Crack! Creak! CRUNNNNNNCH! The Yard Boy and I were sitting on our patio as we heard the neighbor’s tree fall. It had been growing there for a long time, and had already lost quite a few limbs. This time, the biggest part of it split off and fell across the neighbor’s driveway. There was no wind or rain. The tree had simply decided (much like we had, at this point) that this calm, pleasant evening would be a good time to give up trying to stay upright anymore.
Luckily, no vehicles were harmed in this scenario. As the Yard Boy went over to investigate, Mike told him that he had been worried about that tree coming down for quite some time. It was quickly dispatched with a chain saw.
A few days later, during a violent windstorm, a friend’s little apple tree was mercilessly snapped off in the middle of the night. This tree wasn’t more than four years old, and was already loaded with apples that the children had been eyeing in anticipation.
Even our own sixteen-year-old fruit trees were recently damaged by winds.
For insurance purposes, some things aren’t covered because they are called “acts of God.” Why do we only call the bad stuff that happens “acts of God?” Every morning, we awaken to the sunrise as an “act of God.” The rain that falls gently to water the earth is an “act of God.” But only when we get more water than necessary do we use this verbiage, as if God was waiting around idly until he found some mischief to do.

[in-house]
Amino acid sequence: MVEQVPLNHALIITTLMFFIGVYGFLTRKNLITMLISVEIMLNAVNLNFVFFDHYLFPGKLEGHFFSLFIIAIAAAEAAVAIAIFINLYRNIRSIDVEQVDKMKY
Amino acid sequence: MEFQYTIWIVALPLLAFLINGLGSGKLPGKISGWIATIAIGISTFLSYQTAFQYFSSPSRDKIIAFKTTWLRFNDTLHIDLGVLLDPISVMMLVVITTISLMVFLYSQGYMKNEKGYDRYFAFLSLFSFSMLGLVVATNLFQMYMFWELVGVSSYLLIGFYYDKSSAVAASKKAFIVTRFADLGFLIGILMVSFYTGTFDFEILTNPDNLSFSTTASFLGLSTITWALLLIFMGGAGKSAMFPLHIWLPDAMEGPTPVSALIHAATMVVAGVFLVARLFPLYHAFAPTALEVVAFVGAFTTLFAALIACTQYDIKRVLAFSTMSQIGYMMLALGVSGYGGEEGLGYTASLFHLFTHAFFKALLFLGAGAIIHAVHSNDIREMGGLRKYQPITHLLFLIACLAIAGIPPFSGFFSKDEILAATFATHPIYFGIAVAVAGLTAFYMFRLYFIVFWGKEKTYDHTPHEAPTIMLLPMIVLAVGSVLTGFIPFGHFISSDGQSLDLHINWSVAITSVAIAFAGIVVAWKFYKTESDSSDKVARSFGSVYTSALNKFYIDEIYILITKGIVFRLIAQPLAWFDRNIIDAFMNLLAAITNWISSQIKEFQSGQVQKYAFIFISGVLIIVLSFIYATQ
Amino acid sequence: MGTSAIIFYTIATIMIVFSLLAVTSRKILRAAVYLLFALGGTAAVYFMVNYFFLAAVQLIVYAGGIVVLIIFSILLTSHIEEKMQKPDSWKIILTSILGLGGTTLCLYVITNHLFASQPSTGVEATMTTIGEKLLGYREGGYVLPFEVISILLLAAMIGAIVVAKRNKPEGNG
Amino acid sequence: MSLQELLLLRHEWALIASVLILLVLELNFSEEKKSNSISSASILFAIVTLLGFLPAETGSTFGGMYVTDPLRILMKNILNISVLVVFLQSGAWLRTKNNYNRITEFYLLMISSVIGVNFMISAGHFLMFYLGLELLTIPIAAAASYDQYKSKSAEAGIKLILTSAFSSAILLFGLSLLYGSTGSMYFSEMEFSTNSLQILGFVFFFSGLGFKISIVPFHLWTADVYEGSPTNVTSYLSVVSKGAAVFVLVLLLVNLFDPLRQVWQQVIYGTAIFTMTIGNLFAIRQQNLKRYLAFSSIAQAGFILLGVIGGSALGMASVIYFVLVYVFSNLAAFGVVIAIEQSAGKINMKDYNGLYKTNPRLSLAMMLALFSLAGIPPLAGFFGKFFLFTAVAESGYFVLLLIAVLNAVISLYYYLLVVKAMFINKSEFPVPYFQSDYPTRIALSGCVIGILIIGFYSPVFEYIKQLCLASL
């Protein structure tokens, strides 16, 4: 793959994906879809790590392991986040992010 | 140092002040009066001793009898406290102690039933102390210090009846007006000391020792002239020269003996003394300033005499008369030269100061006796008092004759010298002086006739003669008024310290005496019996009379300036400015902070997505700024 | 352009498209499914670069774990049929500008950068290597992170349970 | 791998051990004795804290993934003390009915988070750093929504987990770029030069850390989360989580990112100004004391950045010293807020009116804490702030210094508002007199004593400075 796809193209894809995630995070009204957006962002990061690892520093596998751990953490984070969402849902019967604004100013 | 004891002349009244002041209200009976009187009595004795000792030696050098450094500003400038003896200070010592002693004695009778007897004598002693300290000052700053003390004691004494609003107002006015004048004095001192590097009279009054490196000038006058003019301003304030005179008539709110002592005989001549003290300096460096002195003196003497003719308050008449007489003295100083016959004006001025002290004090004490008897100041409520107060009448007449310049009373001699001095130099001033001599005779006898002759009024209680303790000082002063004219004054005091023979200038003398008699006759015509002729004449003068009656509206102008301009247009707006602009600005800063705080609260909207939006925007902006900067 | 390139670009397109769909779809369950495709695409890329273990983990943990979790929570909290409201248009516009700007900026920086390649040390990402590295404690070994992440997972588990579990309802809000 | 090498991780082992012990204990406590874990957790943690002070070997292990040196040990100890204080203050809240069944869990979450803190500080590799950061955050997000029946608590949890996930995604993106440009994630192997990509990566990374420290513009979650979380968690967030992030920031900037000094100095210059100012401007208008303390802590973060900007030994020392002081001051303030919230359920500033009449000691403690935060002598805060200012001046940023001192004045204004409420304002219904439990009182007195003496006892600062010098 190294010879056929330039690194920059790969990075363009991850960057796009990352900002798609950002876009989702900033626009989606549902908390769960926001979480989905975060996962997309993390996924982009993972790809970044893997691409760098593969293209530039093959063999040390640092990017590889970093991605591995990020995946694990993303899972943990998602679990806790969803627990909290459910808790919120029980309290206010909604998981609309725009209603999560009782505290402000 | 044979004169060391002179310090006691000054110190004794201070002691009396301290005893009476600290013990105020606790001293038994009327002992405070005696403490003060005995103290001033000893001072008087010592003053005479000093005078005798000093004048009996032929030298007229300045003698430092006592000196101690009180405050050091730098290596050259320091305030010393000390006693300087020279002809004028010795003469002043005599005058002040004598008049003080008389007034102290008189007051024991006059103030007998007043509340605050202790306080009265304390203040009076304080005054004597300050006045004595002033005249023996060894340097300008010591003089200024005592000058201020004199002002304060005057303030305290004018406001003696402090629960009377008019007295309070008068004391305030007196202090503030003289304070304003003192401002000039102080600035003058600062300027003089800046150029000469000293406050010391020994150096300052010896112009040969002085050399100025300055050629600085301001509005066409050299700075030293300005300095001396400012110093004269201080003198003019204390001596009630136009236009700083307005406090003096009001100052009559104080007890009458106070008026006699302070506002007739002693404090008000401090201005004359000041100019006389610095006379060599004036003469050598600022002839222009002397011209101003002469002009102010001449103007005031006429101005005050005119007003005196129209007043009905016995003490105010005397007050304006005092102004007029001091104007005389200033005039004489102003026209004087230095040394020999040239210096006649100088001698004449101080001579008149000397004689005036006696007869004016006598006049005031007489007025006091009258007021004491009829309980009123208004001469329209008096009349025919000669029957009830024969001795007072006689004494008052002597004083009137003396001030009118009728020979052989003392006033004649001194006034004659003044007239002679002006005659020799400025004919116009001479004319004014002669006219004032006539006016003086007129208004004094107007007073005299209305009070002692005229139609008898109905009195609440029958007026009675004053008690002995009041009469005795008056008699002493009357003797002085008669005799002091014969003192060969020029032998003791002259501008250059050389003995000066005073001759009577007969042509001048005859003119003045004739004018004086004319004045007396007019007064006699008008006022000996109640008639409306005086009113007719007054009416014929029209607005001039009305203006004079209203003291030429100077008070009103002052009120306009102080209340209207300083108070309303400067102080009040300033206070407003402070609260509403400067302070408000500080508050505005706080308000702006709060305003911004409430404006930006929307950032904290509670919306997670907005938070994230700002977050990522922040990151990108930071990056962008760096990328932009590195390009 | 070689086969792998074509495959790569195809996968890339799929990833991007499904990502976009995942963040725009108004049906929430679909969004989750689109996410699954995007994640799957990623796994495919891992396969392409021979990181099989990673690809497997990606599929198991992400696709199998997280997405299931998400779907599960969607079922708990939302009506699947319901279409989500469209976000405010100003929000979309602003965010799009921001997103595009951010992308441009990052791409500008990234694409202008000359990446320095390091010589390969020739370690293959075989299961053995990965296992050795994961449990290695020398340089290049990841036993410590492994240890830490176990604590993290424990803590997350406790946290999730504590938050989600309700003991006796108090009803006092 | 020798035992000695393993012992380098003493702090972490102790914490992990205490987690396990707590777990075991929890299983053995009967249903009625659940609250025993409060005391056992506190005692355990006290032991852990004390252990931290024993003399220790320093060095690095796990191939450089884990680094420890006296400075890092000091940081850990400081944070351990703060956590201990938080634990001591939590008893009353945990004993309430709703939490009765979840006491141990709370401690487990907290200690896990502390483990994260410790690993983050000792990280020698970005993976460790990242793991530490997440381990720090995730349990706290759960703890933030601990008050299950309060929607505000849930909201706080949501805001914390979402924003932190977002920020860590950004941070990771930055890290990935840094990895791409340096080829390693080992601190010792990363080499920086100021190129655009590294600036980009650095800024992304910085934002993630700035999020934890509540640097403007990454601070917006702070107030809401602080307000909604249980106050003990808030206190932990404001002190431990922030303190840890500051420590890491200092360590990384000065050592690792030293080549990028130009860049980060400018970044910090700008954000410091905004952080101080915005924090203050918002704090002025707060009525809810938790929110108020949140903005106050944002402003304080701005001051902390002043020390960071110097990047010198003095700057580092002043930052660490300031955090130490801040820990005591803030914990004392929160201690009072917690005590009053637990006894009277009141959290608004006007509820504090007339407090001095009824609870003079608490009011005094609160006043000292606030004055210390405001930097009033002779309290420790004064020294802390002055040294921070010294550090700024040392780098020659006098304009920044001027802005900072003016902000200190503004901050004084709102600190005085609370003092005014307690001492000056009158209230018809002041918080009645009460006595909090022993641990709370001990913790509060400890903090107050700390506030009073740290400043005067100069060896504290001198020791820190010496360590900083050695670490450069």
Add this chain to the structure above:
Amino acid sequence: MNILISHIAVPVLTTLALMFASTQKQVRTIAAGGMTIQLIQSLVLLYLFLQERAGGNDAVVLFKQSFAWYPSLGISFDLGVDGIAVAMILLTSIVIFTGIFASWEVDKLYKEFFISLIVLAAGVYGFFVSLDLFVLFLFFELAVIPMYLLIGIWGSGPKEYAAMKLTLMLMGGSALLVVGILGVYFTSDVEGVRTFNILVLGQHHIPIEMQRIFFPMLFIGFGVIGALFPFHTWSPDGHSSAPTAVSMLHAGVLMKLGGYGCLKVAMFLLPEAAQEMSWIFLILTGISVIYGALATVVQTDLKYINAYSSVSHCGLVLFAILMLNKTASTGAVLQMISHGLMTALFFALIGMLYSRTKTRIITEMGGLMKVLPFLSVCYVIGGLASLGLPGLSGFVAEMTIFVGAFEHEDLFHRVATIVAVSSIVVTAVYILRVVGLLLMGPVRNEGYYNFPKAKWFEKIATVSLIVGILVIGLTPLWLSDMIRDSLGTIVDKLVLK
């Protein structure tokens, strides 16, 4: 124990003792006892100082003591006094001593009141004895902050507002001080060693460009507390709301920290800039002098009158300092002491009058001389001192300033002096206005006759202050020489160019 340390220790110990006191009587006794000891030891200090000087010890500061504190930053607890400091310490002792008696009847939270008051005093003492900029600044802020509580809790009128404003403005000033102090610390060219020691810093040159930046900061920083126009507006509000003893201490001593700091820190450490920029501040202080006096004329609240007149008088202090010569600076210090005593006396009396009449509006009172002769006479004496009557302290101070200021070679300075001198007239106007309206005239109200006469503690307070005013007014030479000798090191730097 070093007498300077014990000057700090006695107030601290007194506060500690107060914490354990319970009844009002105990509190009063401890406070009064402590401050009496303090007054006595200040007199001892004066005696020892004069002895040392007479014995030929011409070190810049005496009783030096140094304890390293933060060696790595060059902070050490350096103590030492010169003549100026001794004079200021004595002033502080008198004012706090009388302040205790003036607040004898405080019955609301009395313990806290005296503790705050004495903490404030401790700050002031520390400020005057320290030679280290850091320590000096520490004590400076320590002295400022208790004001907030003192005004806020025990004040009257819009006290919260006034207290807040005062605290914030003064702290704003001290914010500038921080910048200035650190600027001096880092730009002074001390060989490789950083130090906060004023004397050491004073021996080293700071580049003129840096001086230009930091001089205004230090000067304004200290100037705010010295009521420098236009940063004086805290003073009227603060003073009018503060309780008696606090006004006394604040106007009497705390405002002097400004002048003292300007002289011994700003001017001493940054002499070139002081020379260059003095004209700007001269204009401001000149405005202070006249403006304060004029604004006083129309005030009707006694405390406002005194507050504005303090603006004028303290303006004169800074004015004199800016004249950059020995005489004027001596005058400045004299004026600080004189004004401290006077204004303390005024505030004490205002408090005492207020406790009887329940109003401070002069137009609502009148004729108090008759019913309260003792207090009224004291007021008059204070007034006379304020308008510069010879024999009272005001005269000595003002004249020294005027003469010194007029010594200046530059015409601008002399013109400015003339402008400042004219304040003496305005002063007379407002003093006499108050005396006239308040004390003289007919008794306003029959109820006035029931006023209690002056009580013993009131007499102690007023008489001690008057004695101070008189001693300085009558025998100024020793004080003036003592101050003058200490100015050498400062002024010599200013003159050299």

Similarly, many people blame God when tragedy strikes. We wonder why he let our loved one die, or why children get cancer.
A song popular in the seventies blamed a church building for standing and watching as the writer’s loved one left town. Really? Winchester Cathedral has nothing to do with your love life, friend.
Neither do the people inside Winchester Cathedral on any given Sunday, for that matter. The writer was blaming a church for his problems.
Nobody really does that, do they? Well; yes, they do.
“Our kids turned away from God because the church didn’t have enough programs for the youth.”
“My marriage fell apart because the church didn’t make my spouse become a better person.”
“I started drinking because the people in the bar were more fun than the people at church.”
So all the bad things that could happen can be blamed on the church. If that doesn’t work within some narrow minds, they branch out and blame God. Isn’t it odd that these disgruntled people don’t ever ascribe the myriad good things to divine providence?
Even the simpler acts of God would be devastating if they ceased. Consider only the sunshine and rain (Matthew 5:45).
Yet God has acted for good in the tiniest detail. He even holds together the atoms that comprise the universe (Hebrews 1:3) What would happen if the atomic bonds were loosed?
Many, O Lord my God, are thy wonderful works which thou hast done,
and thy thoughts which are to us-ward:
they cannot be reckoned up in order unto thee:
if I would declare and speak of them,
they are more than can be numbered” (Psalm 40:5, KJV).
We may not be able to count the wonderful acts of God, but we do know that the ultimate act of sending his own Son into this world surely cancels out any of those acts that we so ungratefully grumble about.